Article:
How a Woman Revolutionizes the NFL
April 01, 2014
By Jay Hamburg
Michelle McKenna-Doyle ’95MBA is leading the National Football League in technological advances.
DESPITE A LONG GAP IN GRIDIRON GLORY, Rollins boasts a graduate who ranks near the top of the National Football League. Indeed, Michelle McKenna-Doyle ’95MBA is leading the league toward a technological change that may revolutionize the field of play.
Michelle is a senior vice president in the NFL and the first person in the league’s history to bear the title of chief information officer. She also is an unabashed fan of great performers in both high-tech jobs and high-scoring games. “I love technology, and I love the sport of football,” says Michelle, who splits her time between New York and Orlando.
Michelle comes by her dual interests naturally. She led several technological advancements at Walt Disney World Resort and Universal Orlando Resort, and her brother played football for the University of Alabama. She arrived at NFL headquarters in New York City in 2012 after a stint as chief information officer at Constellation Energy in Baltimore.
“Success in business is about seeing issues from many perspectives,” Michelle says. “That’s what I learned from the Rollins MBA program. The teaching and learning style was very collaborative.”
Using that collaborative style, she is assembling teams that are looking into improving smartphone connectivity in NFL stadiums, as well as testing tiny data-collection devices on helmets, footballs, and on the field itself. The information collected from helmets may lead to increased safety. The data collected from chips embedded in footballs can provide exact measurements of height, distance, and speed.
With so many possible data-collection points, coaches may gain new insights into what is going wrong on the field from the sideline. Imagine, she says, players with wearable technology embedded in their uniforms. Coaches could map their players’ exact movements on the field and compare those paths to the expected routes needed to execute a perfect play.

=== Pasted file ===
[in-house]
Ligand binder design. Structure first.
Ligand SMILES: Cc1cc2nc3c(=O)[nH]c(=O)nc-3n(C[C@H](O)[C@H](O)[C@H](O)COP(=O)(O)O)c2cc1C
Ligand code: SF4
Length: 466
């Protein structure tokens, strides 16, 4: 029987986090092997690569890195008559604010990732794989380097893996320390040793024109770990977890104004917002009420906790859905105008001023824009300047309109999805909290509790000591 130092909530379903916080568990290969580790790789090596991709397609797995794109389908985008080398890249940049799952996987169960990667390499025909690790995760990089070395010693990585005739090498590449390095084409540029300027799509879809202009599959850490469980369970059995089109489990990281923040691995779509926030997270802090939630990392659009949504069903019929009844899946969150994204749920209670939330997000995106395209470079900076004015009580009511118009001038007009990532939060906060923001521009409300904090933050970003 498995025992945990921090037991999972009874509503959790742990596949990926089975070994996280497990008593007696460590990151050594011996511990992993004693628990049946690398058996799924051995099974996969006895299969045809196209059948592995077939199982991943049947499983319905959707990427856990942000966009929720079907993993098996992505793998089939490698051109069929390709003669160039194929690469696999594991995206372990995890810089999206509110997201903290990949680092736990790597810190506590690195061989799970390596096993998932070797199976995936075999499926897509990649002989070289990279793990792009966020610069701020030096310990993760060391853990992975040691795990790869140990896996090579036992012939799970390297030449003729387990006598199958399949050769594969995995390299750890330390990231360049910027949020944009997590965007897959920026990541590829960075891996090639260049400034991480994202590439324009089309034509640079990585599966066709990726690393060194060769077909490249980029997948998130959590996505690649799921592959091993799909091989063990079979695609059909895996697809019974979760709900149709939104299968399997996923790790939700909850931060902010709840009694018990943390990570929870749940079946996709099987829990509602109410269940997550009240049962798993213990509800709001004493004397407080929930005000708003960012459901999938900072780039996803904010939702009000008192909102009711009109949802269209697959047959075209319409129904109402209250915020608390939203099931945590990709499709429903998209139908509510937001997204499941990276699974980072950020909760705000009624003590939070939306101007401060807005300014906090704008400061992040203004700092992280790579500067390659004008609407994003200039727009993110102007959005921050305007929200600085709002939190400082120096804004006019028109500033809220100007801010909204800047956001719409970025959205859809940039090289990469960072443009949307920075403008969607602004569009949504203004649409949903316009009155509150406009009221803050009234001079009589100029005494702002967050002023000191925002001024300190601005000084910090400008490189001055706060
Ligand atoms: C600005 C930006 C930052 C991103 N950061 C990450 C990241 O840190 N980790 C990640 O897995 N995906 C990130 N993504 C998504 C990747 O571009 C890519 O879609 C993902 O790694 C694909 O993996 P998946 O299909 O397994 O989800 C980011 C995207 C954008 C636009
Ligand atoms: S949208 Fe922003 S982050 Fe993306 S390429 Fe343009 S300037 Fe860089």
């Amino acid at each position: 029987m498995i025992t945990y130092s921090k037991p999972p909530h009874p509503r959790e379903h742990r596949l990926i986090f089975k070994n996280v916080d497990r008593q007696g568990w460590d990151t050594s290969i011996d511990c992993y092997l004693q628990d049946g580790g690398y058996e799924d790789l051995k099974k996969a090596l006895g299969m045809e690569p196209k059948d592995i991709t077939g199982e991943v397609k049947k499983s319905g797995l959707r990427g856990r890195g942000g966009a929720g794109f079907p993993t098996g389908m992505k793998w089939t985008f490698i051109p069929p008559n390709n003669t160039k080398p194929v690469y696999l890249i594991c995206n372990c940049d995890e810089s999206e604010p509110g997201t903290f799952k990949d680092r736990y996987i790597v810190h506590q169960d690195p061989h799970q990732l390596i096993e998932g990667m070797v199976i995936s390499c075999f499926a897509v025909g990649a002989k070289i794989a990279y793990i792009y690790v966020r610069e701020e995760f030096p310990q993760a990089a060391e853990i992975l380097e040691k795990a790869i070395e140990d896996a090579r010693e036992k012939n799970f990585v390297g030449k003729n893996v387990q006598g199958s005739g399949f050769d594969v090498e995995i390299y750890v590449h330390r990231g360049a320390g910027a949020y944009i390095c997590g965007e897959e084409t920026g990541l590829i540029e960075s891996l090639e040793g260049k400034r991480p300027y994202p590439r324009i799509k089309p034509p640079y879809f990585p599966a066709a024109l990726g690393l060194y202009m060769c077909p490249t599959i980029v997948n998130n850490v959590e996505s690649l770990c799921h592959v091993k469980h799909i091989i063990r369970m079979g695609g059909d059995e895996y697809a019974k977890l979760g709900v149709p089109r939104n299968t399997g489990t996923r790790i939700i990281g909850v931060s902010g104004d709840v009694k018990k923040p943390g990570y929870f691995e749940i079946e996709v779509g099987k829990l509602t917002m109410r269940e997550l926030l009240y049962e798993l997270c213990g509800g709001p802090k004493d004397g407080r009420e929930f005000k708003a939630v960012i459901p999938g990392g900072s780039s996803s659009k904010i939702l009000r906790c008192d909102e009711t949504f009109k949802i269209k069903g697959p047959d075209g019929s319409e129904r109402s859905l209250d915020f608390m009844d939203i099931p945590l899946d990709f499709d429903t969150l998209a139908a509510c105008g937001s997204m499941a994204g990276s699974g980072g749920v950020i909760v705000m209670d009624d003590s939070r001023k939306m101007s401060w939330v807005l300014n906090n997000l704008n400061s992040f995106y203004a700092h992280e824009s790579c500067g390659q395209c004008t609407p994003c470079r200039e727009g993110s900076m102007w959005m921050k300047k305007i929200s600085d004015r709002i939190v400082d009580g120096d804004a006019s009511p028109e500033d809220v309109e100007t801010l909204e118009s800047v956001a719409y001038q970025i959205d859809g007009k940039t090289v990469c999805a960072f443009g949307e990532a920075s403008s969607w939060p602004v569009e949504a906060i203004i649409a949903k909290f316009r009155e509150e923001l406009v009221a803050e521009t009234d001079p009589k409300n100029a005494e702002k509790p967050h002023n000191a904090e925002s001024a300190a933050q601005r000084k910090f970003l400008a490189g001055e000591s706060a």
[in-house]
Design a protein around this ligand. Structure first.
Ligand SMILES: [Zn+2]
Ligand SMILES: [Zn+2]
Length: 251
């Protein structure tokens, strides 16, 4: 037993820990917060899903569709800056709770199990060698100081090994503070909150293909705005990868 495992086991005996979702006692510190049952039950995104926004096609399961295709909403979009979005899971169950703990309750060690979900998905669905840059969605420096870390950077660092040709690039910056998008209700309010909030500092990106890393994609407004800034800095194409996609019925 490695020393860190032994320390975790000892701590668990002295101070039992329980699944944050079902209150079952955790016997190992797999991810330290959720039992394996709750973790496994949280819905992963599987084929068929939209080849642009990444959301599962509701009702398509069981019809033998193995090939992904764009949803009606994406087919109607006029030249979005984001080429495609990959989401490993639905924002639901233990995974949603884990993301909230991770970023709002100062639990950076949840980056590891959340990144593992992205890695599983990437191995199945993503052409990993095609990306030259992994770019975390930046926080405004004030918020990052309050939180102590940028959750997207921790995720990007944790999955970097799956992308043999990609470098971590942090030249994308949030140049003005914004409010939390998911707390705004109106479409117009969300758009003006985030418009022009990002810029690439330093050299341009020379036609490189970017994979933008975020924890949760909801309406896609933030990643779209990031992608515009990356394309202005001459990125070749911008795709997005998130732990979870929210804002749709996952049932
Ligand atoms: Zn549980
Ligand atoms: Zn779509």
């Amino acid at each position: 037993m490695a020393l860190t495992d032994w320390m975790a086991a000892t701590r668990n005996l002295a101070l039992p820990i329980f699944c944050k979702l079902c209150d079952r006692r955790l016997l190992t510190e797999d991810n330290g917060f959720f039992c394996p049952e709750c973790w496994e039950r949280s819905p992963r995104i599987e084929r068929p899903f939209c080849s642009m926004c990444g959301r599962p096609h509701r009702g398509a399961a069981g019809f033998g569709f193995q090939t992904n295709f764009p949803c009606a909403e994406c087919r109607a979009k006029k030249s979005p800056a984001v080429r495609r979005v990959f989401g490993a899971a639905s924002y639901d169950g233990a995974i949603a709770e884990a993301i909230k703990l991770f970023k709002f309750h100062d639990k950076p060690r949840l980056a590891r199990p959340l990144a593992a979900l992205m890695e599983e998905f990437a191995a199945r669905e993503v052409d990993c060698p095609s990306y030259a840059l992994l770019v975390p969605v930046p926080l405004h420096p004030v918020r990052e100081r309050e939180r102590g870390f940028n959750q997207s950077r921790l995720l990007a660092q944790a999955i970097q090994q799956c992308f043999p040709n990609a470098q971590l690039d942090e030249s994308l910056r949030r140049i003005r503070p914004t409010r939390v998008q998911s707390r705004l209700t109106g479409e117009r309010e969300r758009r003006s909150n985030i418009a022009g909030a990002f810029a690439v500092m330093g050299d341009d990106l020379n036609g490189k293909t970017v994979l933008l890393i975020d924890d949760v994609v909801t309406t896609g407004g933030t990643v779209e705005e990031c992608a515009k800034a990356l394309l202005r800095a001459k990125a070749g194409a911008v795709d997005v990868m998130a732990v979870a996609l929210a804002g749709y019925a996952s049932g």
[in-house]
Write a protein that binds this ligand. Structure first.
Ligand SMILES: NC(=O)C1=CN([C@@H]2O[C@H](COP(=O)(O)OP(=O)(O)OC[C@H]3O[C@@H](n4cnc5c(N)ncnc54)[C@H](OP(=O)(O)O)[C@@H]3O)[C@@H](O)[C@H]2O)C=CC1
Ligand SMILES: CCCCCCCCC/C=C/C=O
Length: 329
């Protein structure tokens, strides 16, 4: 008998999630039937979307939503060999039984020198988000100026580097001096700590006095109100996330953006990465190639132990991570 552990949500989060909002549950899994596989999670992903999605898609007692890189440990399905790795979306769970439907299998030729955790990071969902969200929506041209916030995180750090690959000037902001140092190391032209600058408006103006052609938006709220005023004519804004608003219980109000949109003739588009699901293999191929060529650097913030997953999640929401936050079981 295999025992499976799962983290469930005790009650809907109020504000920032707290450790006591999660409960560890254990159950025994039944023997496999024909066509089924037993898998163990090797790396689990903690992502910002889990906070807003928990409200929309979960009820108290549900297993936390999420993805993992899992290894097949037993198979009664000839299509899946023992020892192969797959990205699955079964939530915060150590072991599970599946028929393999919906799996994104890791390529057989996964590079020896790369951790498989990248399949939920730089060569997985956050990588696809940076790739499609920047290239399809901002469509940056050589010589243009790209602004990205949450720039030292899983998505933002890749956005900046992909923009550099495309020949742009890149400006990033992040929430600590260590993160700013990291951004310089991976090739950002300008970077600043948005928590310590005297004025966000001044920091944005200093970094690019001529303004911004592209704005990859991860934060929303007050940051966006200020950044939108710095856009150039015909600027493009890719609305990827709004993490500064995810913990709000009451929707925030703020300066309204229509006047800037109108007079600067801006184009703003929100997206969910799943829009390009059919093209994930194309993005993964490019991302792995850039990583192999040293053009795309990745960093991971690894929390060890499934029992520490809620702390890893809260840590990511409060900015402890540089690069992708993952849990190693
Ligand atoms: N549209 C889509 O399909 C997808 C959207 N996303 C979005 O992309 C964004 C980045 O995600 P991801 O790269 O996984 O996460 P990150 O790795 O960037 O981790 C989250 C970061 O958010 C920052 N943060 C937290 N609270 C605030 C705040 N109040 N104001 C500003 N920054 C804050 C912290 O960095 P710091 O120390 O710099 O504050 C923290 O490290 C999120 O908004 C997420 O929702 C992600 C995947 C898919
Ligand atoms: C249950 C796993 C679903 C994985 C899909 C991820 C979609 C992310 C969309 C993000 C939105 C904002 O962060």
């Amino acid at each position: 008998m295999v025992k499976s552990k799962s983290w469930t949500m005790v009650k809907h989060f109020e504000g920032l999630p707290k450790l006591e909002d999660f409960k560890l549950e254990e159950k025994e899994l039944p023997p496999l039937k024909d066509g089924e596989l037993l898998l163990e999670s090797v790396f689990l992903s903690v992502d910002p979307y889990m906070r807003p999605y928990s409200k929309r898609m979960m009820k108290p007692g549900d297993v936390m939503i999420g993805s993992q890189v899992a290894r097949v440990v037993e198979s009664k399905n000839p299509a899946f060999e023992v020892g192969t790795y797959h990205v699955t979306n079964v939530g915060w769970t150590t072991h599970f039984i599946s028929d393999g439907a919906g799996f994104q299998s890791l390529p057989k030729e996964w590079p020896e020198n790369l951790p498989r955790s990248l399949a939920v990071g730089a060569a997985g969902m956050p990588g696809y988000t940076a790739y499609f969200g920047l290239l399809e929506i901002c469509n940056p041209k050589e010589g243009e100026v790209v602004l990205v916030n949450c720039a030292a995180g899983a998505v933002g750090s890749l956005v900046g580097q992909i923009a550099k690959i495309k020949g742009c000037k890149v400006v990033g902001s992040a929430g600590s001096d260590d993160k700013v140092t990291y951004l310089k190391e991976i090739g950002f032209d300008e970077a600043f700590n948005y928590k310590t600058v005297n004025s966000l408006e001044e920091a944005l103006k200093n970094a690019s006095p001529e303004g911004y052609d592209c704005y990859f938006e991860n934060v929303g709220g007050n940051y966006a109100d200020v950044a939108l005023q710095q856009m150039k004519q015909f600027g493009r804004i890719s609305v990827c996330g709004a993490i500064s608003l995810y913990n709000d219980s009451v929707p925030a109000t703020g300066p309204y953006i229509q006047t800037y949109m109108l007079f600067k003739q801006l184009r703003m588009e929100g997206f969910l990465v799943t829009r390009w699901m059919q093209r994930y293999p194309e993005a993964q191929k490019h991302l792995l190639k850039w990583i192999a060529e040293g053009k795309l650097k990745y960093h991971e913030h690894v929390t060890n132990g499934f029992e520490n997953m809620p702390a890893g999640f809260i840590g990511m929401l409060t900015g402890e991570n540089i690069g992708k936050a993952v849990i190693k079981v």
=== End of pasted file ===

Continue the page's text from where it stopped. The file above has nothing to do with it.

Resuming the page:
The embedded technology is still in a test phase and is not yet ready for game day. “I can’t tell the difference between a football with a chip in it and one without,” Michelle says. “But NFL quarterbacks notice it right away.”
Moreover, even the best technology can clash with custom.While embedded chips in footballs and fields could silence debates over a disputed first down, Michelle knows that many fans love the ritual of seeing officials carry out first-down markers and stretch the chains to measure those crucial 10 yards. “We embrace innovation but greatly respect our traditions.”
Her love of technology increased as she rose through the Disney ranks. As vice president for information technology at Walt Disney World Resort, she led the company’s largest technological transformation, modernizing the sales and marketing operations.
A few years after she received her graduate degree, Michelle was tapped by Universal Orlando Resort. As the theme park’s senior vice president and chief information officer, she was responsible for innovation, oversight, and leadership of technology, which included the launch of The Wizarding World of Harry Potter attraction, including technology for the rides and the more than 900 sales terminals as well as the website.
“My favorite thing was being there that morning when the first Harry Potter fans walked into Hogsmeade,” she says. “We were able to transport them to a world that previously had only lived in their minds and on a screen, and that was incredibly rewarding. It was also pretty cool to meet J.K. Rowling and watch her experience in physical form what came from her imagination.”
Michelle said her varied career has taught her that you can’t plan everything. “Don’t overthink it or overplot it. Just be the best you can be in your position.” While that requires continuous learning on the job, she said Rollins remains vital to her success. “It gives you such a well-rounded experience and prepares you to hit the ground running wherever you land.”
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